Tuesday, April 12, 2011

Diaphragmatic Breathing: A Skill to Improve Your Performance

Knowing how to take a full, deep breath will benefit you throughout your life in all areas of your life. A full breath cycle spreads oxygen throughout the body, gets rid of waste gasses like carbon dioxide, and stimulates the spine and internal organs. Additionally, deep breathing is an essential part of maximizing any form of exercise.

Diaphragmatic deep breathing is the first step to learning to breathe well. The diaphragm is a dome-shaped muscle that sits below the lungs, horizontally bisecting the trunk of the body. When you inhale, the diaphragm contracts and flattens downward allowing the lungs to expand to draw in air. Exhaling allows the diaphragm to return to its original shape, forcing air out of the lungs.

In Pilates, the dynamic of full breathing -- big inhales and exhales – is used to initiate and power the exercises. Therefore, most Pilates exercises are taught with breathing patterns. Proper diaphragmatic breathing is efficient, energizing and relaxing. Not only does it help with maximizing exercise, it also is a fantastic technique for stress reduction.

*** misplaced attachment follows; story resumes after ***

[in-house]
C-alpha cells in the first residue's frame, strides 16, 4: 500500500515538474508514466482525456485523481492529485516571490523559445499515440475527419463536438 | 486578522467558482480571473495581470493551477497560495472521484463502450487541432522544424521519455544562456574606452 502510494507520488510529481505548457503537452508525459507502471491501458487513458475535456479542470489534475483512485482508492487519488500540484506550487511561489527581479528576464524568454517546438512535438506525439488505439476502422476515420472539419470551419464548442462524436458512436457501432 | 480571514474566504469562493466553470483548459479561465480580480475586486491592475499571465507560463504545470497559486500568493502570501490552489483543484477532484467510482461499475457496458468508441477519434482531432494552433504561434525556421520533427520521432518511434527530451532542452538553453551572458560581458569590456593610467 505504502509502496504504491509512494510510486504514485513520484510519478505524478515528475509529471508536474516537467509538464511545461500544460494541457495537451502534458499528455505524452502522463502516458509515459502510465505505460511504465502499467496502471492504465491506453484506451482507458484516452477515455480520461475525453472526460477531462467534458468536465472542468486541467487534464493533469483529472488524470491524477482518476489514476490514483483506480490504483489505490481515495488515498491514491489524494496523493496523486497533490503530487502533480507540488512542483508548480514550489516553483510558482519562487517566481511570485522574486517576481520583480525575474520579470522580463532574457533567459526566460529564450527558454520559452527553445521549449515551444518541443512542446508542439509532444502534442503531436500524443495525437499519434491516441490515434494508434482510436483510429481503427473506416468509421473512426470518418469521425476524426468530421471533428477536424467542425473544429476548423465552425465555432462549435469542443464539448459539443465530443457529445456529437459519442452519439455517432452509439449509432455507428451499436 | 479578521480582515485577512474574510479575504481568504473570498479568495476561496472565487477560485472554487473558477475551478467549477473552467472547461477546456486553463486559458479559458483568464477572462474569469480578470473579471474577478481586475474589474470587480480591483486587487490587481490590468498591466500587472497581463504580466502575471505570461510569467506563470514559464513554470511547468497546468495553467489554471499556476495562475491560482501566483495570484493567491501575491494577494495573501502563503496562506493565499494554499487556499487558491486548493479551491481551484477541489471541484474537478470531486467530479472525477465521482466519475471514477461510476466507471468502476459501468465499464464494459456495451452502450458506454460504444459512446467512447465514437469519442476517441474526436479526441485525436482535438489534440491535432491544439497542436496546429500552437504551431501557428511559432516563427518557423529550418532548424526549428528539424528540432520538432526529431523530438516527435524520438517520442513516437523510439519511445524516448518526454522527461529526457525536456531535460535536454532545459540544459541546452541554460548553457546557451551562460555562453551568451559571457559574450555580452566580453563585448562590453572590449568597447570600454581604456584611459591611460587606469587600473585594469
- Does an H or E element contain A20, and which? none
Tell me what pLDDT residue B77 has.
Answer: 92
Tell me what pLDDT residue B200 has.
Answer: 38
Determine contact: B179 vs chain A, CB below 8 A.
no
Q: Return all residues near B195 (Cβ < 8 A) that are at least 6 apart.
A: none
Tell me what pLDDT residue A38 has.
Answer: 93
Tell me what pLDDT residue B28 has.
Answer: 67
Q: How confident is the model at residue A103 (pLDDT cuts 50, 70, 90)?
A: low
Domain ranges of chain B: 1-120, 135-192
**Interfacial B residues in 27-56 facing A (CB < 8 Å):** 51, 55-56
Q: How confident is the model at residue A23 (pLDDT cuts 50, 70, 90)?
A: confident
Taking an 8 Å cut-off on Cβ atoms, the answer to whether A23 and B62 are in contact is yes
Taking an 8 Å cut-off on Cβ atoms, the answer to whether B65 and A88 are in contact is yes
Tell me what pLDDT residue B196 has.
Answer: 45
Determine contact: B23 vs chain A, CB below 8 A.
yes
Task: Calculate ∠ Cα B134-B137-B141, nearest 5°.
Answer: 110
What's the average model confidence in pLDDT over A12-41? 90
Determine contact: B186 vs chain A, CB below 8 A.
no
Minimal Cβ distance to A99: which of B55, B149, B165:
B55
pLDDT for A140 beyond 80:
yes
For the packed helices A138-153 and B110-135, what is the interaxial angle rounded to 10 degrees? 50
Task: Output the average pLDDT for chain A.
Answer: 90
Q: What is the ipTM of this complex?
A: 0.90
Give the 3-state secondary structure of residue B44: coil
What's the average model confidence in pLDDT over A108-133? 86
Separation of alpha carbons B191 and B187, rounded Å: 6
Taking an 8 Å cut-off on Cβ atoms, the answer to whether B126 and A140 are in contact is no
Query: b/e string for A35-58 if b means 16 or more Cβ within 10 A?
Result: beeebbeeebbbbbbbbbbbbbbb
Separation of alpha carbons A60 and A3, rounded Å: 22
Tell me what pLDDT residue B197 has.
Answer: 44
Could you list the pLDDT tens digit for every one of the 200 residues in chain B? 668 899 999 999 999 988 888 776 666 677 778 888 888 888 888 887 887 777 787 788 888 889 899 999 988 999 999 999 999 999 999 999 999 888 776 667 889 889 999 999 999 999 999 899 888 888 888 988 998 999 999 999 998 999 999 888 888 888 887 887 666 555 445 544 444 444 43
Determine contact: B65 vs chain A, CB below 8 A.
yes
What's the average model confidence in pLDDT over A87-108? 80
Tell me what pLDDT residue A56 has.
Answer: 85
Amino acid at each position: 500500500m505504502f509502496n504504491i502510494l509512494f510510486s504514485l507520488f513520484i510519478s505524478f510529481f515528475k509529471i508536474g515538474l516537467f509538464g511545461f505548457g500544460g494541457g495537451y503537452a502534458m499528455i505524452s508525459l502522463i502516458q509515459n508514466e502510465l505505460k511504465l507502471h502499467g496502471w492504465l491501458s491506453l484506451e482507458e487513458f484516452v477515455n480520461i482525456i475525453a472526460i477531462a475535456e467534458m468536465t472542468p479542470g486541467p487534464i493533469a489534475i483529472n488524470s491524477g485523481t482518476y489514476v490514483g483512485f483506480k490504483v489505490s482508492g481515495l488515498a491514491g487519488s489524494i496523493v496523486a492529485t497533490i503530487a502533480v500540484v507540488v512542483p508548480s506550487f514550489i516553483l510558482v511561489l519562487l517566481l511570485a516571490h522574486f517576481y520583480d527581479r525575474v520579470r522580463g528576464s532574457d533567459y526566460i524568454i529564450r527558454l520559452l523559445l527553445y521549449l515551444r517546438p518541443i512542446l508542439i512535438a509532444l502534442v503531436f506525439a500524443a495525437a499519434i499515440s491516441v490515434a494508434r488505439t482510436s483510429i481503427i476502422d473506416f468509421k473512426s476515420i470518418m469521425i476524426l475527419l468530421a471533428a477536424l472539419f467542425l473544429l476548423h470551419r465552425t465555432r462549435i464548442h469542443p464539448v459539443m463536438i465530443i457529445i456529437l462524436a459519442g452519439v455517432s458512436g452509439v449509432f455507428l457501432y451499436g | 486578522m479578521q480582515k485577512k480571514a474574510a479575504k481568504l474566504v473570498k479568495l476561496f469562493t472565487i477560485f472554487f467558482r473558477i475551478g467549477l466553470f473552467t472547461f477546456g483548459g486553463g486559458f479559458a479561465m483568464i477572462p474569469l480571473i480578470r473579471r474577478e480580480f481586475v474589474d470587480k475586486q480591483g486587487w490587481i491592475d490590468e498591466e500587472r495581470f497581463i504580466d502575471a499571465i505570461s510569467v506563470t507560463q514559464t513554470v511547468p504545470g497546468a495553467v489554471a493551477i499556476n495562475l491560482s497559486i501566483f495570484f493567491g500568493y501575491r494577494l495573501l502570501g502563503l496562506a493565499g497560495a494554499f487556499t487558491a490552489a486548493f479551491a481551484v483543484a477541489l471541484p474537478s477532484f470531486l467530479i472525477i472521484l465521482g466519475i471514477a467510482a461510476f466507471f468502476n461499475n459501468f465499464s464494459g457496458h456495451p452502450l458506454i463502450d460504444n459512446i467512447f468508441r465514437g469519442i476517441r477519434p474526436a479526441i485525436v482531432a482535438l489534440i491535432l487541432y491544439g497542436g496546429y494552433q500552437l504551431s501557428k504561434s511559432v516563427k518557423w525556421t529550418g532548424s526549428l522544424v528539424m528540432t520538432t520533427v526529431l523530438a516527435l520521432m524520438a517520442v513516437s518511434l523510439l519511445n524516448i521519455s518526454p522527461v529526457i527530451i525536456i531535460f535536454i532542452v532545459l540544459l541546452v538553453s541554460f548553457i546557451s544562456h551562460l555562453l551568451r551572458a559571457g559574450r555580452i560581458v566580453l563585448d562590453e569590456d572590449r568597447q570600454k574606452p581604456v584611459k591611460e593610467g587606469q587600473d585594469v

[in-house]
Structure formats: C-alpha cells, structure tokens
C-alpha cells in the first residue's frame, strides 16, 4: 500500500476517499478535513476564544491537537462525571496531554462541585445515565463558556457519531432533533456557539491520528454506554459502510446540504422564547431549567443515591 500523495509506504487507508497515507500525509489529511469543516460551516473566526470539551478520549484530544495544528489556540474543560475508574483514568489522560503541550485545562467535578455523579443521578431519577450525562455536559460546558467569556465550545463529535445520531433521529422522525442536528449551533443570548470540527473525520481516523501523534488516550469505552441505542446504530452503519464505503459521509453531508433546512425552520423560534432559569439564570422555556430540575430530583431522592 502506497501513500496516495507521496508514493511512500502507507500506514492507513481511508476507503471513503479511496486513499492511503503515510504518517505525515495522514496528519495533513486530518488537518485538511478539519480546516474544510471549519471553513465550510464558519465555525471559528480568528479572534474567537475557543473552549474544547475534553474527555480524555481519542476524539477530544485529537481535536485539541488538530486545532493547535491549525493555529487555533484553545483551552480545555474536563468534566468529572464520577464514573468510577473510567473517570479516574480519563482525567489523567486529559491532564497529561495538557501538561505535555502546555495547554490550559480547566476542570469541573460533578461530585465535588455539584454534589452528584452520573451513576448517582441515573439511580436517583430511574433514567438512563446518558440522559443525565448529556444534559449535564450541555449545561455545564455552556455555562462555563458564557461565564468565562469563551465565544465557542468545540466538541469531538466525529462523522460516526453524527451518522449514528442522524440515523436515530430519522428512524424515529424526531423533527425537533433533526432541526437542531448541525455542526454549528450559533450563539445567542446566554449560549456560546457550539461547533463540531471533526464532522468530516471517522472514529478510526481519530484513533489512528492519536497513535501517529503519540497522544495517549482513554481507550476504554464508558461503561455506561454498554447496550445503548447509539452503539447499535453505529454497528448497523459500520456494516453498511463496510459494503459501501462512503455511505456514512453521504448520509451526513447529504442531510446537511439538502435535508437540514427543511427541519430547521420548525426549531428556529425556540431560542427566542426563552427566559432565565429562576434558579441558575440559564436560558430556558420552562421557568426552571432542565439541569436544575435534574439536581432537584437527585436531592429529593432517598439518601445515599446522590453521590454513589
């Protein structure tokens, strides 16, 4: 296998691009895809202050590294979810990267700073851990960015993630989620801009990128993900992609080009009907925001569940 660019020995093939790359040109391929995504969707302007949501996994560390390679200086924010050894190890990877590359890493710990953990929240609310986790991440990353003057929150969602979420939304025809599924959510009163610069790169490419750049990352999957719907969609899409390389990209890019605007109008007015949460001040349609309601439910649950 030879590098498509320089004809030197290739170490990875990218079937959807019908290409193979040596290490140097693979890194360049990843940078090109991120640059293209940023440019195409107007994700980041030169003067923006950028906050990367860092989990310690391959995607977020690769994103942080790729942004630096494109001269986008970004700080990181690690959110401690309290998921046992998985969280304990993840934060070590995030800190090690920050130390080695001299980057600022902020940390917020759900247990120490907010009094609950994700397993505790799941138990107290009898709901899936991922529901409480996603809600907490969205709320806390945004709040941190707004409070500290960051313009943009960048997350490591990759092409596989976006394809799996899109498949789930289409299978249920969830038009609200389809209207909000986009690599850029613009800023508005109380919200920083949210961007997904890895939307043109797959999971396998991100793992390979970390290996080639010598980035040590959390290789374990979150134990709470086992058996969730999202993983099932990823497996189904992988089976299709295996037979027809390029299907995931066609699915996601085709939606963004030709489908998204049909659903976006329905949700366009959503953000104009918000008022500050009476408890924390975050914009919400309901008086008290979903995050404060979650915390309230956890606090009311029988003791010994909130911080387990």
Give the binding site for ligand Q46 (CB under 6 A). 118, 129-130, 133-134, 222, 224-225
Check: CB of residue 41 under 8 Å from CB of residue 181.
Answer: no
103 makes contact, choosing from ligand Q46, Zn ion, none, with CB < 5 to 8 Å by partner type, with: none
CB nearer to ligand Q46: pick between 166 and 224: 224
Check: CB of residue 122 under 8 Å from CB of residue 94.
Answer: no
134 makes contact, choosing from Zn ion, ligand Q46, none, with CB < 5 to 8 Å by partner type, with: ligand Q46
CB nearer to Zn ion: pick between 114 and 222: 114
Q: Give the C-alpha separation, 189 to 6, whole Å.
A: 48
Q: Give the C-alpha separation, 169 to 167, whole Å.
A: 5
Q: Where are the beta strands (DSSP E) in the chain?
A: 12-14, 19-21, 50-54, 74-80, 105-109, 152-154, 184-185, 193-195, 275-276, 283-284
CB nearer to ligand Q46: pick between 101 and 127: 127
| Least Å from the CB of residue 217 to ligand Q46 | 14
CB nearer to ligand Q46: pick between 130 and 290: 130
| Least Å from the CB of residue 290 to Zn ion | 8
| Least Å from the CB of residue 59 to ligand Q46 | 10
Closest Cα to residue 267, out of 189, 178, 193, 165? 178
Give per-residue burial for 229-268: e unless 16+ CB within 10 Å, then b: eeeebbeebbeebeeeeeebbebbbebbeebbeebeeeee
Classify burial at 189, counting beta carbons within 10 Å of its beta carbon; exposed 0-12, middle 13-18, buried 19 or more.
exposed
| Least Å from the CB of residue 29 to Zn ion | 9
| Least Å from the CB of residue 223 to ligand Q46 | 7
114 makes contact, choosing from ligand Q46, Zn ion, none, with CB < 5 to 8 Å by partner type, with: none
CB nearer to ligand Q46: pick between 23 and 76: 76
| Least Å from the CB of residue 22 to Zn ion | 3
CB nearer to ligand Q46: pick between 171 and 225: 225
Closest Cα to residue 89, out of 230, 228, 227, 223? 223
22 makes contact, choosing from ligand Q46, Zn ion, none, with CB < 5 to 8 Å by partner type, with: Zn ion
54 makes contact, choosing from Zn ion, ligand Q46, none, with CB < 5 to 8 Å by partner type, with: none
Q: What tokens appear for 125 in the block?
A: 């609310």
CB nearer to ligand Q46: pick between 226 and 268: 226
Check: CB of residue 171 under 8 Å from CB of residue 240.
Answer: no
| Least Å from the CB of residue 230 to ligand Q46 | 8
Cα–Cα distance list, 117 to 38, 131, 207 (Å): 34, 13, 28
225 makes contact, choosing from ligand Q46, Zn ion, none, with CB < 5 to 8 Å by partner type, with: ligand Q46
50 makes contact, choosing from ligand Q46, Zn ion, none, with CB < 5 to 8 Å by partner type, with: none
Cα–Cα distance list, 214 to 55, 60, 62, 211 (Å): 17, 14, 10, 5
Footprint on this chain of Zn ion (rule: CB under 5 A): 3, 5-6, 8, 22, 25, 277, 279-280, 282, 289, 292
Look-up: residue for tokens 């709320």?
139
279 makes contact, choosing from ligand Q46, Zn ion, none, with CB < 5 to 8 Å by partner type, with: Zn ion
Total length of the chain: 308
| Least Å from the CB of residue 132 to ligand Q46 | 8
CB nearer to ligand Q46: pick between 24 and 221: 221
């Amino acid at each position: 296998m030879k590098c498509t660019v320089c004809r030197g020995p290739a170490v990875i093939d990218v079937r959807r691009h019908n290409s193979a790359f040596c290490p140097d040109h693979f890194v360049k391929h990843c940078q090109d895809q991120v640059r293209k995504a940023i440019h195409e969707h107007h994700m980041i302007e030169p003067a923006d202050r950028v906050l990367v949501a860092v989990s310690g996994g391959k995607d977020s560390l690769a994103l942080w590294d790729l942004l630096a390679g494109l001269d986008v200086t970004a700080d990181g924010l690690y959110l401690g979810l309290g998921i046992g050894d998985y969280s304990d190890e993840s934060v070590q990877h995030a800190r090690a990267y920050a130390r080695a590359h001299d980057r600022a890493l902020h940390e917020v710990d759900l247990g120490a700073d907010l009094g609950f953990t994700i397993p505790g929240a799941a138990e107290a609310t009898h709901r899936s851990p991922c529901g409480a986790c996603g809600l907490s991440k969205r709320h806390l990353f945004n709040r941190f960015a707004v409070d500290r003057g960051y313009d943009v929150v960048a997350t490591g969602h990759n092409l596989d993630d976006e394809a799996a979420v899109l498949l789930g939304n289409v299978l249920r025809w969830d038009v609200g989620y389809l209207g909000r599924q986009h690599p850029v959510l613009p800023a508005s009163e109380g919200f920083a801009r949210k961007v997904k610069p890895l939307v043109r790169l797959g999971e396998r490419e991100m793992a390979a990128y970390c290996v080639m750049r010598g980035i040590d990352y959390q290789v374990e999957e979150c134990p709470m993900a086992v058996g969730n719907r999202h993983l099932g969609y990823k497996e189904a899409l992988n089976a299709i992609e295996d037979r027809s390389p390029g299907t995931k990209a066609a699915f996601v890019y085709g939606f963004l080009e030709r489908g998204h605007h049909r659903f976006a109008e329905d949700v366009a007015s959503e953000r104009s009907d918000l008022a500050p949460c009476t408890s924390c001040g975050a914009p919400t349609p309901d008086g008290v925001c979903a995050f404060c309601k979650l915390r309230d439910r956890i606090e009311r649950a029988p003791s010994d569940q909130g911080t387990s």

Steps to Diaphragmatic Breathing:
  1. Begin lying on your back with knees bent. Place one hand resting lightly on your lower abdomen to feel your breath move your body.
  2. Relax and depress your shoulders.
  3. Relax your spine in neutral position, the natural curves of the spine should be present.
  4. Breathe in slowly through your nose. Be aware of the air flowing into your upper chest and down your spine. You should feel your sides and lower ribs expand as well as your upper, mid-and lower back. Allow the deep inhale to push your abdomen out a little bit.
  5. As you inhale, be sure to keep the shoulders relaxed and depressed.
  6. Begin to exhale by slowly pushing breath out in the reverse order that you breathed it in. Contract your lower abs, then mid and upper abs. Allow your ribs to pull in, and last, let your chest to drop as you fully expel all the air.
  7. Repeat this exercise a few times until each step flows smoothly into the next.

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